- Hackers are still targeting COVID-19 vaccine research institutes and pharmaceutical firms.
- ‘Biotech’ is the most recent victim, but the attacks are all over the place right now.
- Microsoft says the most active actors of this type come from North Korea and Russia.
‘Miltenyi Biotec,’ one of the companies that are currently in the race for the development of a COVID-19 vaccine and treatment, announced a ransomware incident. The statement confirmed that the attack was successful, resulting in the impairment of parts of the IT infrastructure, mostly affecting order processing. According to Bleeping Computer, the actors behind this attack are the “Mount Locker” gang, who have already leaked 5% of a total of 150 GB of data that they stole about ten days ago.
At the same time, Microsoft has published a blog post calling cybercriminals to stop targeting COVID-19 vaccine research centers, calling their activities unconscionable. As the tech company revealed, almost all attacks originate from Strontium, Zinc, and Cerium.
Strontium is an actor who is based in Russia, while Zinc and Cerium originate from North Korea. Their targets are mainly firms that engage in the pharma sector, including vaccine researchers in Canada, France, India, South Korea, and the United States.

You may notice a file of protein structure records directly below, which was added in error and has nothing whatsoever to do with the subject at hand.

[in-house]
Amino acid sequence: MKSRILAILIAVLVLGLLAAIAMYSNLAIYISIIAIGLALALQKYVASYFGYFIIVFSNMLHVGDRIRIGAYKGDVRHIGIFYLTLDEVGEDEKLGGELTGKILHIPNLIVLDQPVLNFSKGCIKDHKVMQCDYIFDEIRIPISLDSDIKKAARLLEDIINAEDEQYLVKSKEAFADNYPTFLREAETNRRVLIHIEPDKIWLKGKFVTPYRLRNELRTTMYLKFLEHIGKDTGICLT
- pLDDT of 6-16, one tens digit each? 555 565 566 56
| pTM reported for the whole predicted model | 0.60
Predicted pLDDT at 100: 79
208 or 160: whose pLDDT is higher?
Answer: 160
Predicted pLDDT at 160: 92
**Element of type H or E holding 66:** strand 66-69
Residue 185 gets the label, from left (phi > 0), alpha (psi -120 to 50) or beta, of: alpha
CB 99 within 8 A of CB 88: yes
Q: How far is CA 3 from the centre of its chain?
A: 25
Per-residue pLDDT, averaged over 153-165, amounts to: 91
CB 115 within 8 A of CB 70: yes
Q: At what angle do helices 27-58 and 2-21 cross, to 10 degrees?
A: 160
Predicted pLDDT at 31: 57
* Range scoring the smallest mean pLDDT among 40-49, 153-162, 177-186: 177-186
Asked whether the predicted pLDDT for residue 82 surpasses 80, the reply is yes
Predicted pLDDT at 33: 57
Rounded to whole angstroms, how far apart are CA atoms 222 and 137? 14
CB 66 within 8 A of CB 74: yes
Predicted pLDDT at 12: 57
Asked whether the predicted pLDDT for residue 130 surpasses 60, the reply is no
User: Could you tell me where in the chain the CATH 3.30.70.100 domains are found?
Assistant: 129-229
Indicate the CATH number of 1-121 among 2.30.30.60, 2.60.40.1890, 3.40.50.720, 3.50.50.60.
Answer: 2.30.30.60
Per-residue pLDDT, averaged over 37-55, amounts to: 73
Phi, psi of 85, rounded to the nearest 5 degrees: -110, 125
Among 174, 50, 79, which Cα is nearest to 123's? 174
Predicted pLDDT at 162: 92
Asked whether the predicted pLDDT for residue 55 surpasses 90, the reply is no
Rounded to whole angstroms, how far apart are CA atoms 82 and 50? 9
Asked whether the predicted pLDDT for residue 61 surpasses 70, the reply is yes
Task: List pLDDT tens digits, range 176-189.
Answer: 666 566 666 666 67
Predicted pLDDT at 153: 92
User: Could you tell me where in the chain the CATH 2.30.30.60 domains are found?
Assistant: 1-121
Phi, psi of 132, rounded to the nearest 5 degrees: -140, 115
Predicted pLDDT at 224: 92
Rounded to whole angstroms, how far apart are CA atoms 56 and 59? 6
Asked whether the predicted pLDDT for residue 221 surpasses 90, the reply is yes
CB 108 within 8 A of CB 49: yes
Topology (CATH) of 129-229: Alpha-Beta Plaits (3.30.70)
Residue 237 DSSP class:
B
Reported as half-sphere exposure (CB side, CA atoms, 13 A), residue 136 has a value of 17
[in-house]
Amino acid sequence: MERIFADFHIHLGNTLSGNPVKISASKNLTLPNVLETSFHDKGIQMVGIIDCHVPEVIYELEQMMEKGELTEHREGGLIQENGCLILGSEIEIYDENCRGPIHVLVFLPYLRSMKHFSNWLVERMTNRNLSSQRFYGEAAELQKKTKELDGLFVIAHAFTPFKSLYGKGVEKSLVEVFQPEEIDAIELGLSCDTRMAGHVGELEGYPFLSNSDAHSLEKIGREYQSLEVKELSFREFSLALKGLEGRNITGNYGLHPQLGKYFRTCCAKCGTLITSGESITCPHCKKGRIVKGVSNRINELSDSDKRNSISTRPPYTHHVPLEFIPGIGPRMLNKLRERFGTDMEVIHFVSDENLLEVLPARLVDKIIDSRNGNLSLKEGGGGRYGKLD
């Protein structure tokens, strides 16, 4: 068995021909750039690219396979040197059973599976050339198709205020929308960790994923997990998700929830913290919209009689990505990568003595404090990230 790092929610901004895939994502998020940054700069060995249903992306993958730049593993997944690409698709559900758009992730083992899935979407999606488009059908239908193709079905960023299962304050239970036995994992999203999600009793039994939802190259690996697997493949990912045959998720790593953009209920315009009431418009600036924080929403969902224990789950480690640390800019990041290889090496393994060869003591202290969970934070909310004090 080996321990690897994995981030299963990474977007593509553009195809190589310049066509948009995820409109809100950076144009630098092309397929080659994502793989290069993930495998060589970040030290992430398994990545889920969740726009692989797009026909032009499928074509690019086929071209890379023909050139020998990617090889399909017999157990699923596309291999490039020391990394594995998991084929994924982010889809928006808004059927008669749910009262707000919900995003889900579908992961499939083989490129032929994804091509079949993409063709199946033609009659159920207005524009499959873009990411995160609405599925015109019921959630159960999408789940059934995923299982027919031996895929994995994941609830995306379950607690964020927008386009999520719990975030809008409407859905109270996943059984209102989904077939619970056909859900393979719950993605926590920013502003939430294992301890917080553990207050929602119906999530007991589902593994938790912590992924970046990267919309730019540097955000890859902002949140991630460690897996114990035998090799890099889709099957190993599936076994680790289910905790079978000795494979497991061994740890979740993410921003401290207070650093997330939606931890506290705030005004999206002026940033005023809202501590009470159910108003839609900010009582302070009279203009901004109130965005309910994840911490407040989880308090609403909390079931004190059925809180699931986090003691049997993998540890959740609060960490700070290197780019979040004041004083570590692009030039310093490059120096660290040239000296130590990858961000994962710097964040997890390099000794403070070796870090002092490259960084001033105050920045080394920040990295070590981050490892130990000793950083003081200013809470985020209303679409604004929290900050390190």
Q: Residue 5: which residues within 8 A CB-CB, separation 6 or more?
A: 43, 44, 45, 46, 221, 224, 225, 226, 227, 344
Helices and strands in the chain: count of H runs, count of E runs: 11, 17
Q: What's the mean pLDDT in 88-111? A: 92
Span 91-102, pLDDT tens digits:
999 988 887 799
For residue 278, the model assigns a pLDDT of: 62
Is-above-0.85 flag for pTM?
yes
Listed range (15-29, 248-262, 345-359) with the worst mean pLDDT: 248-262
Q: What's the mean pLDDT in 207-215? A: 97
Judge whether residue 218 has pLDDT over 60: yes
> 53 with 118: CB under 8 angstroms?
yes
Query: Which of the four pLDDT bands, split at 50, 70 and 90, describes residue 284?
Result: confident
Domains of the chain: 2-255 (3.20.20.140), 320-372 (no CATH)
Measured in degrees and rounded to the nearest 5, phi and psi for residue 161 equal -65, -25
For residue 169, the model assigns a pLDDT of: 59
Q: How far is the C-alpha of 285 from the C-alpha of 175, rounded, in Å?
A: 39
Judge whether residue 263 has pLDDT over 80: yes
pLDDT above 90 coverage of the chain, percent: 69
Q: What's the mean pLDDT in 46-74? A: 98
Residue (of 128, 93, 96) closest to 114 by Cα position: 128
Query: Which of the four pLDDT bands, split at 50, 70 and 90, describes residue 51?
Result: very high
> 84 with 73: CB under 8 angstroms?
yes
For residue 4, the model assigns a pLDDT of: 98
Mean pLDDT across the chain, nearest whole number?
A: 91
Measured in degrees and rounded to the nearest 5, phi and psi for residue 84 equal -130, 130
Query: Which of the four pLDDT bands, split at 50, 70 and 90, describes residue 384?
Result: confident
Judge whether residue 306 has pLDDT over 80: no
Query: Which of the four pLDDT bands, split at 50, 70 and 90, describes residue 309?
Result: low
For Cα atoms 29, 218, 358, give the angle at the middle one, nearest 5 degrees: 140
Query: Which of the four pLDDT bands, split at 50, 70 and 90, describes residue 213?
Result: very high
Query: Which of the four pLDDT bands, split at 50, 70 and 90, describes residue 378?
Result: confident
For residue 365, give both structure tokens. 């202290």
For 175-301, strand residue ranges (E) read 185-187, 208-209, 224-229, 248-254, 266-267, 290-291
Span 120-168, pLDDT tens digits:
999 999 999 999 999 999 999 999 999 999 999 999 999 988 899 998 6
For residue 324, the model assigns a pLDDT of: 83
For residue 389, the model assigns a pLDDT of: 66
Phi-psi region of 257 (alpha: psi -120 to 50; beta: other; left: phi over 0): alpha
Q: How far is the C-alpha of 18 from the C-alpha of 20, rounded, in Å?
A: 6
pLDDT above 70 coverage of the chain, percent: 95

The majority of the targets have already been very far ahead in developing a COVID-19 vaccine, as they are in various stages of clinical trials. By targeting them, hackers can help other teams of scientists, possibly based in their country of origin, to greatly accelerate the development of their own vaccine and do it at a very low cost.
As for the methods of attack, Strontium is using password spraying and brute-forcing to steal login credentials. Zinc is setting up highly targeted spear-phishing campaigns that supposedly come from recruiters. Cerium follows the same phishing path, but they prefer to impersonate representatives of the World Health Organization instead. In several cases, the attackers were successful, and Microsoft went on to inform the victims even at the last moment.
We do not expect cybercriminals to stop these activities any time soon, so ramping up security and protection against hacker attacks is crucial for these organizations. There have been numerous public pleas on the topic, coming from the United Nations, the Red Cross, the CyberPeace Institute, and more. COVID-19 vaccine research is just too valuable for hackers, possibly state-supported ones, to not target at this time.